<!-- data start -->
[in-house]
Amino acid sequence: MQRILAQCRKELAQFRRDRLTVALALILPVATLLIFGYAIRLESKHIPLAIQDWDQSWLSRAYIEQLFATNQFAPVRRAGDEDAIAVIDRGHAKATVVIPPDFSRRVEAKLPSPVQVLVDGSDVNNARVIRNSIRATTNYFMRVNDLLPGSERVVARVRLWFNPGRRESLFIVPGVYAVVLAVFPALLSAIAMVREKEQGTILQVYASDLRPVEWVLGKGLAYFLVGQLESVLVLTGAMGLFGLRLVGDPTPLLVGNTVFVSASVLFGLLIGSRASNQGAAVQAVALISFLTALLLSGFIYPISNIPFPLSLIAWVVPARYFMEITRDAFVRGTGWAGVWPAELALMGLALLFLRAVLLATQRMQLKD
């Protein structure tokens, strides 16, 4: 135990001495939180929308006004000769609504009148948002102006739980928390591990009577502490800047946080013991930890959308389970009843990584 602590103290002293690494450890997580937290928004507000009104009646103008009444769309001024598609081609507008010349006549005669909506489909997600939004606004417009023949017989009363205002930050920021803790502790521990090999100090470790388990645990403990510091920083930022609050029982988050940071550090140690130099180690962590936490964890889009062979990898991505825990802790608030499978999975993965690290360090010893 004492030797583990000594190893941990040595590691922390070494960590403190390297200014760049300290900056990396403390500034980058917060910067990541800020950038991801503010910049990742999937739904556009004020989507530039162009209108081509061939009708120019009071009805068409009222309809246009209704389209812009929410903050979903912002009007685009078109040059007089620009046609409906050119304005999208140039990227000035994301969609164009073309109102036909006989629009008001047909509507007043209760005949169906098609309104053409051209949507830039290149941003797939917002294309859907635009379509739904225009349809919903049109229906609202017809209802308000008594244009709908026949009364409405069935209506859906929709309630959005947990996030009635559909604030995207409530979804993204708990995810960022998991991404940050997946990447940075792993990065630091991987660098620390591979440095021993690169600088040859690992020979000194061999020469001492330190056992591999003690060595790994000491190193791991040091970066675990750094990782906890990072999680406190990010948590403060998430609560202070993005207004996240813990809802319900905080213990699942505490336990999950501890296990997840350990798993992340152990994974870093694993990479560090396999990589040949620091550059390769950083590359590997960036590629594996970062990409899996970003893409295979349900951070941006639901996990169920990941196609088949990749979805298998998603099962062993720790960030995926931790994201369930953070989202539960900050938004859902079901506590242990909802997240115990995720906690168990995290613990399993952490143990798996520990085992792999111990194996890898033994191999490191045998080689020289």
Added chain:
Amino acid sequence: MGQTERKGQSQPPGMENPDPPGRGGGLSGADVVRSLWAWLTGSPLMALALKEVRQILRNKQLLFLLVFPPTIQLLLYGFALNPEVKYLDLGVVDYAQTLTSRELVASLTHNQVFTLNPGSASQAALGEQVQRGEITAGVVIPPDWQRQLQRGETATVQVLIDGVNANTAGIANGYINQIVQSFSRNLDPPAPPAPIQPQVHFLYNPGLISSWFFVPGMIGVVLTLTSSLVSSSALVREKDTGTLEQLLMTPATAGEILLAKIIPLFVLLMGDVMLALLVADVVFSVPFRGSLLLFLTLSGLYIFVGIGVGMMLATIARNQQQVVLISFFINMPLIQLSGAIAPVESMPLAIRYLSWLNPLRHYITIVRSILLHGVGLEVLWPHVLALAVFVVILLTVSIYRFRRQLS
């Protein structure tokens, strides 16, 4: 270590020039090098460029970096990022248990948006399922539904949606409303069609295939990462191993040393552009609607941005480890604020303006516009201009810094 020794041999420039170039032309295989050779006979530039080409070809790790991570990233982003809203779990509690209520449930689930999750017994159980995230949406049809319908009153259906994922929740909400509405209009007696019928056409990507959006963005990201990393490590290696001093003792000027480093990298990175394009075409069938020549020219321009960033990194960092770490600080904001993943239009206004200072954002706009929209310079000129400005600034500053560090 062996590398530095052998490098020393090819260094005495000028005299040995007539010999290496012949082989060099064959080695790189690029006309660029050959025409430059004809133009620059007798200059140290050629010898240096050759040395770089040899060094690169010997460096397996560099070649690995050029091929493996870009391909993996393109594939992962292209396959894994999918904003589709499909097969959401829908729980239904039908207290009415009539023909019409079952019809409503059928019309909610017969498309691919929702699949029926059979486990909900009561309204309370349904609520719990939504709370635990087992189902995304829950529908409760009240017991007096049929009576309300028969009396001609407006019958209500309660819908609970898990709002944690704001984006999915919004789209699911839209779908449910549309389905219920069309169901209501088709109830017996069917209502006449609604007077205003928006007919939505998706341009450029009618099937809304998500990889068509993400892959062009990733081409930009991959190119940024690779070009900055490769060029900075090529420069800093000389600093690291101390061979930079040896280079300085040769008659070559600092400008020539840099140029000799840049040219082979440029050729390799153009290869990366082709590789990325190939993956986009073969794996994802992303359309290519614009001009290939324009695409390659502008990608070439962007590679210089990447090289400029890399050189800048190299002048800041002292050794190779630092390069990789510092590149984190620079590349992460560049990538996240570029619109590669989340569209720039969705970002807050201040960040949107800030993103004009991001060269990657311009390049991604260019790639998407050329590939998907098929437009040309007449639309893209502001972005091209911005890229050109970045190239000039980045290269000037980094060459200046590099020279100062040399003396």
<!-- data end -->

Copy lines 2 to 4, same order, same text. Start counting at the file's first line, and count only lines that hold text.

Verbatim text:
Amino acid sequence: MQRILAQCRKELAQFRRDRLTVALALILPVATLLIFGYAIRLESKHIPLAIQDWDQSWLSRAYIEQLFATNQFAPVRRAGDEDAIAVIDRGHAKATVVIPPDFSRRVEAKLPSPVQVLVDGSDVNNARVIRNSIRATTNYFMRVNDLLPGSERVVARVRLWFNPGRRESLFIVPGVYAVVLAVFPALLSAIAMVREKEQGTILQVYASDLRPVEWVLGKGLAYFLVGQLESVLVLTGAMGLFGLRLVGDPTPLLVGNTVFVSASVLFGLLIGSRASNQGAAVQAVALISFLTALLLSGFIYPISNIPFPLSLIAWVVPARYFMEITRDAFVRGTGWAGVWPAELALMGLALLFLRAVLLATQRMQLKD
């Protein structure tokens, strides 16, 4: 135990001495939180929308006004000769609504009148948002102006739980928390591990009577502490800047946080013991930890959308389970009843990584 602590103290002293690494450890997580937290928004507000009104009646103008009444769309001024598609081609507008010349006549005669909506489909997600939004606004417009023949017989009363205002930050920021803790502790521990090999100090470790388990645990403990510091920083930022609050029982988050940071550090140690130099180690962590936490964890889009062979990898991505825990802790608030499978999975993965690290360090010893 004492030797583990000594190893941990040595590691922390070494960590403190390297200014760049300290900056990396403390500034980058917060910067990541800020950038991801503010910049990742999937739904556009004020989507530039162009209108081509061939009708120019009071009805068409009222309809246009209704389209812009929410903050979903912002009007685009078109040059007089620009046609409906050119304005999208140039990227000035994301969609164009073309109102036909006989629009008001047909509507007043209760005949169906098609309104053409051209949507830039290149941003797939917002294309859907635009379509739904225009349809919903049109229906609202017809209802308000008594244009709908026949009364409405069935209506859906929709309630959005947990996030009635559909604030995207409530979804993204708990995810960022998991991404940050997946990447940075792993990065630091991987660098620390591979440095021993690169600088040859690992020979000194061999020469001492330190056992591999003690060595790994000491190193791991040091970066675990750094990782906890990072999680406190990010948590403060998430609560202070993005207004996240813990809802319900905080213990699942505490336990999950501890296990997840350990798993992340152990994974870093694993990479560090396999990589040949620091550059390769950083590359590997960036590629594996970062990409899996970003893409295979349900951070941006639901996990169920990941196609088949990749979805298998998603099962062993720790960030995926931790994201369930953070989202539960900050938004859902079901506590242990909802997240115990995720906690168990995290613990399993952490143990798996520990085992792999111990194996890898033994191999490191045998080689020289």
Added chain: